The Mufti also continues to influence economic and social policies. His office was the main driver behind the move to ban interest in the banking system, which has affected the livelihoods of many struggling families. He has also convinced the government to ban Libyan women from marrying foreigners, in an effort to combat Syrian Shiites who were reportedly using the chaotic situation to marry Libyan women and spread Shiite beliefs in the Sunni country. These are just two obvious example of his wide influence.

Today there are no clear limits to the Mufti's power. He does not appear to be accountable to anyone; no one has the authority to dismiss him or to appoint a successor. The GNC has not even attempted to discuss the former National Transition Council's decision to appoint Gheriani as a Grand Mufti. Nor has it questioned the legitimacy of law No. 15, which grants him excessive powers without establishing any checks or balances, thus making him one of the four most significant power centers in the country. Religious scholar and GNC member Abdul Latif al-Muhalhil commented that the powers granted to the Mufti place him above both the judiciary and the executive branch, and urged the authorities to make the Mufti accountable to the Higher Judicial Council to protect the principle of a civil state. Outspoken former GNC member Hassan al-Amin has also expressed frustration at the Mufti's political dealings, complaining that some GNC members refuse to consider any questioning of the Mufti's authority.

The Mufti is supposed to be neutral and represent the aspirations of all Libyans -- and yet he continues to exploit his position to play politics. Gheriani tells Libyans that it is their duty to protest or not to protest as it suits his own political agenda. In March 2013, for example, he called on Libyans to pressure the GNC into passing the controversial Political Isolation Law, which disbars any officials linked to the Qaddafi regime. At other times, though, the Mufti has urged Libyans to stay at home. On various occasions in 2013, he deemed the protests against Islamist militias to be fitna (or "civil strife") and advised Libyans against taking part. At one point the Mufti described the protesters who opposed the GNC's mandate extension as a "misguided group," claiming that their actions were prohibited by Islam. The Mufti is also known to attack Libyan media by accusing them of spreading lies and adding to the chaos in the country. The Mufti continues to make such claims amid a dangerous increase in the number of attacks that target journalists and TV channels throughout Libya.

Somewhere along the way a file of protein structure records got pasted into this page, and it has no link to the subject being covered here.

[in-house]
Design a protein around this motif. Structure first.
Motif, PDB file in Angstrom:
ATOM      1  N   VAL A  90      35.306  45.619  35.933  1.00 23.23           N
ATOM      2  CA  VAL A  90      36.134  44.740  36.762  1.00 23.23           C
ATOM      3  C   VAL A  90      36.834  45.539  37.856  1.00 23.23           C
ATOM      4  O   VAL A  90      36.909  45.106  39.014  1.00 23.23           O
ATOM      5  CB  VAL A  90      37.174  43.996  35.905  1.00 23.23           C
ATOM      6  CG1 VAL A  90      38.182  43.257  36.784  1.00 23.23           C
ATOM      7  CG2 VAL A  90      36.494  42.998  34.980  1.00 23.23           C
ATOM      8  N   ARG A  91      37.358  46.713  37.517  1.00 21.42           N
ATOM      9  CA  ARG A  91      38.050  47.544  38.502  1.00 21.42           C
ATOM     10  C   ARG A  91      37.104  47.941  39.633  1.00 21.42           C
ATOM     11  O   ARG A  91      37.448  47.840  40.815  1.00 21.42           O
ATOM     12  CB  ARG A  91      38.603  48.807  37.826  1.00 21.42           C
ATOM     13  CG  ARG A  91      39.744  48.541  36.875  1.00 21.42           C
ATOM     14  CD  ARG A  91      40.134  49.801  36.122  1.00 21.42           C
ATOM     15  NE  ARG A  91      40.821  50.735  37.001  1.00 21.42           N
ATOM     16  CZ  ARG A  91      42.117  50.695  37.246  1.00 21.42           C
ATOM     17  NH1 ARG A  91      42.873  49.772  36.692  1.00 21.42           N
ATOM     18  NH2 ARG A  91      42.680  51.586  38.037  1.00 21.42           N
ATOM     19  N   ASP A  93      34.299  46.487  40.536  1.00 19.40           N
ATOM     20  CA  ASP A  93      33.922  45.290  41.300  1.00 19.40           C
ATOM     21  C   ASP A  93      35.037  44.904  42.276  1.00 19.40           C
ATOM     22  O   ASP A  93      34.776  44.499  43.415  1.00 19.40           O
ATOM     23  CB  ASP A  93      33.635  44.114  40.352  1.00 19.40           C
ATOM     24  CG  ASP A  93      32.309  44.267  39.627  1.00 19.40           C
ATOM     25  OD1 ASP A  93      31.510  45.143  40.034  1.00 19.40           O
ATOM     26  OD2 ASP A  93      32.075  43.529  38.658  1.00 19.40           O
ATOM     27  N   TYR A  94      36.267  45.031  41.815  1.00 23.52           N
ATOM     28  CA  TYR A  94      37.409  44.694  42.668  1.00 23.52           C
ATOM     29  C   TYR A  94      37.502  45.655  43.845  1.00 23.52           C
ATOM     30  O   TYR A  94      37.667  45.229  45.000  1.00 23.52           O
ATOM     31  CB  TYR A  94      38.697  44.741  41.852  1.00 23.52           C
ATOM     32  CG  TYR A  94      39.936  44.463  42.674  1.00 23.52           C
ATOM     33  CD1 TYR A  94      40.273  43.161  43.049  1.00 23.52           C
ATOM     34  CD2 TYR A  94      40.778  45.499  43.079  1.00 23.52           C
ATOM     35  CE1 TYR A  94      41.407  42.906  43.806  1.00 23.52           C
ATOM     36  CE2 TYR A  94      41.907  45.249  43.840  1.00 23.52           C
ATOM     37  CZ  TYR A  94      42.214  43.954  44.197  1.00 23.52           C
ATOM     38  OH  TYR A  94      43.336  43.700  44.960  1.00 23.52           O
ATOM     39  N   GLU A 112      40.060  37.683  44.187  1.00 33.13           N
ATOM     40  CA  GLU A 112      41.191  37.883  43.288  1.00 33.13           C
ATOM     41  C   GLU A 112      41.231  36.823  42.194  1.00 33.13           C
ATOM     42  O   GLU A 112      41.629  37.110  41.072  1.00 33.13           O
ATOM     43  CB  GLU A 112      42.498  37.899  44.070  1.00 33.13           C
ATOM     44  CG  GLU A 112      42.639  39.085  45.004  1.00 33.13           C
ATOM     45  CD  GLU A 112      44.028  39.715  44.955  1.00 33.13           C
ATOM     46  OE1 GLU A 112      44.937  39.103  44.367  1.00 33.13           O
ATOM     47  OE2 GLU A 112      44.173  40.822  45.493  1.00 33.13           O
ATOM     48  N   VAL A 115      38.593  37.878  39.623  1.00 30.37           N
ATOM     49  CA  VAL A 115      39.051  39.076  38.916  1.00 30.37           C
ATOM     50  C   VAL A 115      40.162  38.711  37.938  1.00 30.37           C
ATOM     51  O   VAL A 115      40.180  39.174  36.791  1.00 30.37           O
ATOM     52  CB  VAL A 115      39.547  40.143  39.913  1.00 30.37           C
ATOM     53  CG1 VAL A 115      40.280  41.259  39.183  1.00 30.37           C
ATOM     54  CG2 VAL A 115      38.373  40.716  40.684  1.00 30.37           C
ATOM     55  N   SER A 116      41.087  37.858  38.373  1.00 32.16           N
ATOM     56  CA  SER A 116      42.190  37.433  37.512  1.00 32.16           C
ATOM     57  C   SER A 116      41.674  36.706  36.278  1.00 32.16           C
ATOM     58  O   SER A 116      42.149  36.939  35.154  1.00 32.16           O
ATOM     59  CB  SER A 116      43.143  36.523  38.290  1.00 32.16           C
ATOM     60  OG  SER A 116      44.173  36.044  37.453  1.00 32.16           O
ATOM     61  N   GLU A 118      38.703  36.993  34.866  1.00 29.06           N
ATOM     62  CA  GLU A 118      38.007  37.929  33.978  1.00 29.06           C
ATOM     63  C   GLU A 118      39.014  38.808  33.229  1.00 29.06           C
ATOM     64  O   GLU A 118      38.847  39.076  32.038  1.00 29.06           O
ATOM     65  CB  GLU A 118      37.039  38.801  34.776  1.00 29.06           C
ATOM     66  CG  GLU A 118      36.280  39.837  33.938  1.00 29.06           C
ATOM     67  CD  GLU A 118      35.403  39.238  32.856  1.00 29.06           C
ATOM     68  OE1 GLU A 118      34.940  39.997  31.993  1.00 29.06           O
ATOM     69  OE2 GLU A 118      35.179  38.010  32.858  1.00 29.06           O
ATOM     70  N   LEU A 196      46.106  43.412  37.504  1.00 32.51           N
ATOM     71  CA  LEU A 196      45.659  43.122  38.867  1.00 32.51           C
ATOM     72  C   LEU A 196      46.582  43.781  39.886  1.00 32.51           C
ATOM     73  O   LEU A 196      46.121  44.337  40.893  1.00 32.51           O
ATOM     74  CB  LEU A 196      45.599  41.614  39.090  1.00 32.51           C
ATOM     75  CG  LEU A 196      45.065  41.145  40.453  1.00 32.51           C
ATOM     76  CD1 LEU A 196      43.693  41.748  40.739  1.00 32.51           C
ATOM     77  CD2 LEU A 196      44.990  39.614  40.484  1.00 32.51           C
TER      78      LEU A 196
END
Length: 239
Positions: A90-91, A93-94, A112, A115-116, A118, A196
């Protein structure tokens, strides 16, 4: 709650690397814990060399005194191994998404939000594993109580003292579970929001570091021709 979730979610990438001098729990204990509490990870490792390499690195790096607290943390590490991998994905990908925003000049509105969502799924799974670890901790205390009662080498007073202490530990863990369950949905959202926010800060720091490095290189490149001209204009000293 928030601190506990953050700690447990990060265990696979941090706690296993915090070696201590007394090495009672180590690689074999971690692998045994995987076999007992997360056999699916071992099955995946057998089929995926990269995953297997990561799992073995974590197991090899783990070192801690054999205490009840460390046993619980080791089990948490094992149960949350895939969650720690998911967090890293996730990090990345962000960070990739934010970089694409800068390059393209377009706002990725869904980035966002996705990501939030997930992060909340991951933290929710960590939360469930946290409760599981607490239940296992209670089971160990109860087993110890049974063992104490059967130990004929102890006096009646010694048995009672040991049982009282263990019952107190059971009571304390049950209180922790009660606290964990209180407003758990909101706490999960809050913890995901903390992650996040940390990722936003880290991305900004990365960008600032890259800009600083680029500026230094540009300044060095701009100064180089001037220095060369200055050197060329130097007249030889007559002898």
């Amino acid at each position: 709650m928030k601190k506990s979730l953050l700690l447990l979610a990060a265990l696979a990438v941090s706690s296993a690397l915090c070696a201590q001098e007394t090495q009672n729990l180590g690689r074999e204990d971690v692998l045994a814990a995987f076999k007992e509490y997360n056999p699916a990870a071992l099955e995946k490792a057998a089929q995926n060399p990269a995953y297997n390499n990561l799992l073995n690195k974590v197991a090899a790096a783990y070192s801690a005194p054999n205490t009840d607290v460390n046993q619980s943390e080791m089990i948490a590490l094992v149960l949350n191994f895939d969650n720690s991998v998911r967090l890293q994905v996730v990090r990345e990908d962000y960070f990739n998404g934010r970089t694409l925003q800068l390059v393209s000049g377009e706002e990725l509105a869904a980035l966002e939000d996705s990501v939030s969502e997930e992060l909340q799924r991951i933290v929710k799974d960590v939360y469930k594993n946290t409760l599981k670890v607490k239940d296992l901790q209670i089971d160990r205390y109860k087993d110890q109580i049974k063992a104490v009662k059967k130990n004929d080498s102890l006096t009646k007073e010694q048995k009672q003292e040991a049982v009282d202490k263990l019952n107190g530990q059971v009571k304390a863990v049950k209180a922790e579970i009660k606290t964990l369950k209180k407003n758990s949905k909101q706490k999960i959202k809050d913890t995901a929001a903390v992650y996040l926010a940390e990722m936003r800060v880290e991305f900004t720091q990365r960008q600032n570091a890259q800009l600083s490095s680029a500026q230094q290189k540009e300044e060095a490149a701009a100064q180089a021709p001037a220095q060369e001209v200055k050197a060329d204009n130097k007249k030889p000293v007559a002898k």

While the authorities have been unable to challenge the Mufti's growing influence in politics, Libyans have largely ignored the Mufti's advice. Many have mocked him on social media networks, and others have phoned in on his TV show to express their discontent. Libyans must ensure that their upcoming constitution includes check and balances on the Mufti and Fatwa Council, and that future elected authorities have the power to hold them accountable. The current arrangement just isn't working.

Mohamed Eljarh is the Libya blogger for Transitions. Read the rest of his blog posts here.

MAHMUD TURKIA/AFP/Getty Images